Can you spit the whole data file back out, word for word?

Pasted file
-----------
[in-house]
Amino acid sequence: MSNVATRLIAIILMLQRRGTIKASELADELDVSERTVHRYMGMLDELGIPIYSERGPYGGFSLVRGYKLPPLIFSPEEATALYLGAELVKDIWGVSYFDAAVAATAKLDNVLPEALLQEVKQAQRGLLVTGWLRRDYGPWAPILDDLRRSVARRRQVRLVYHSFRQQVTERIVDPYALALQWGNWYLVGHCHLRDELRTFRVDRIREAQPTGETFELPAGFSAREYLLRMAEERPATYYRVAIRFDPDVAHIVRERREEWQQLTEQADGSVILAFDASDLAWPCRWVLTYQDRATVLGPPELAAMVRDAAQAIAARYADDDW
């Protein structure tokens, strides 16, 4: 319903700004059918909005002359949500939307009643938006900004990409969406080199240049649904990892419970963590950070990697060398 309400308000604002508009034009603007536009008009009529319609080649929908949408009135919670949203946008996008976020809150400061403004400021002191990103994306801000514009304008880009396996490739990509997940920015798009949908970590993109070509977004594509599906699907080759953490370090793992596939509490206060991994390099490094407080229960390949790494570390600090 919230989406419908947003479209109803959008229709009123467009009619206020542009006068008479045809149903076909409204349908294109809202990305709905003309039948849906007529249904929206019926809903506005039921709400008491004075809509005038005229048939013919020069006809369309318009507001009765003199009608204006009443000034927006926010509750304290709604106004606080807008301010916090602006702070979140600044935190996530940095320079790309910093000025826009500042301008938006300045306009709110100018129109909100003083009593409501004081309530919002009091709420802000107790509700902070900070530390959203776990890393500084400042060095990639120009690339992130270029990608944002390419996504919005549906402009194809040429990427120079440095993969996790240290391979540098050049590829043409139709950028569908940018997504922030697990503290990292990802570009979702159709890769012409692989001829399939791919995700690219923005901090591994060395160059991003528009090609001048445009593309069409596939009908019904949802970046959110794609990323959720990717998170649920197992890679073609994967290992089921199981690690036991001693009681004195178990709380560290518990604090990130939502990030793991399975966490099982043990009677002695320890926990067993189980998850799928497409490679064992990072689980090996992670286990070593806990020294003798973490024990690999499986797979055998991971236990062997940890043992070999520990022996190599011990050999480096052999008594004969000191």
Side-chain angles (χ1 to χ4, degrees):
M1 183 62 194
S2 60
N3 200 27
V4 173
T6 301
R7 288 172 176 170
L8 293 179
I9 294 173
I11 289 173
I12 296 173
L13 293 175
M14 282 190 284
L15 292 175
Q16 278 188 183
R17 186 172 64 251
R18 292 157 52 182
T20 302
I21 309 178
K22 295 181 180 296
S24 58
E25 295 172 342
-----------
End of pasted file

[in-house]
Amino acid sequence: MSNVATRLIAIILMLQRRGTIKASELADELDVSERTVHRYMGMLDELGIPIYSERGPYGGFSLVRGYKLPPLIFSPEEATALYLGAELVKDIWGVSYFDAAVAATAKLDNVLPEALLQEVKQAQRGLLVTGWLRRDYGPWAPILDDLRRSVARRRQVRLVYHSFRQQVTERIVDPYALALQWGNWYLVGHCHLRDELRTFRVDRIREAQPTGETFELPAGFSAREYLLRMAEERPATYYRVAIRFDPDVAHIVRERREEWQQLTEQADGSVILAFDASDLAWPCRWVLTYQDRATVLGPPELAAMVRDAAQAIAARYADDDW
């Protein structure tokens, strides 16, 4: 319903700004059918909005002359949500939307009643938006900004990409969406080199240049649904990892419970963590950070990697060398 309400308000604002508009034009603007536009008009009529319609080649929908949408009135919670949203946008996008976020809150400061403004400021002191990103994306801000514009304008880009396996490739990509997940920015798009949908970590993109070509977004594509599906699907080759953490370090793992596939509490206060991994390099490094407080229960390949790494570390600090 919230989406419908947003479209109803959008229709009123467009009619206020542009006068008479045809149903076909409204349908294109809202990305709905003309039948849906007529249904929206019926809903506005039921709400008491004075809509005038005229048939013919020069006809369309318009507001009765003199009608204006009443000034927006926010509750304290709604106004606080807008301010916090602006702070979140600044935190996530940095320079790309910093000025826009500042301008938006300045306009709110100018129109909100003083009593409501004081309530919002009091709420802000107790509700902070900070530390959203776990890393500084400042060095990639120009690339992130270029990608944002390419996504919005549906402009194809040429990427120079440095993969996790240290391979540098050049590829043409139709950028569908940018997504922030697990503290990292990802570009979702159709890769012409692989001829399939791919995700690219923005901090591994060395160059991003528009090609001048445009593309069409596939009908019904949802970046959110794609990323959720990717998170649920197992890679073609994967290992089921199981690690036991001693009681004195178990709380560290518990604090990130939502990030793991399975966490099982043990009677002695320890926990067993189980998850799928497409490679064992990072689980090996992670286990070593806990020294003798973490024990690999499986797979055998991971236990062997940890043992070999520990022996190599011990050999480096052999008594004969000191």
Side-chain angles (χ1 to χ4, degrees):
M1 183 62 194
S2 60
N3 200 27
V4 173
T6 301
R7 288 172 176 170
L8 293 179
I9 294 173
I11 289 173
I12 296 173
L13 293 175
M14 282 190 284
L15 292 175
Q16 278 188 183
R17 186 172 64 251
R18 292 157 52 182
T20 302
I21 309 178
K22 295 181 180 296
S24 58
E25 295 172 342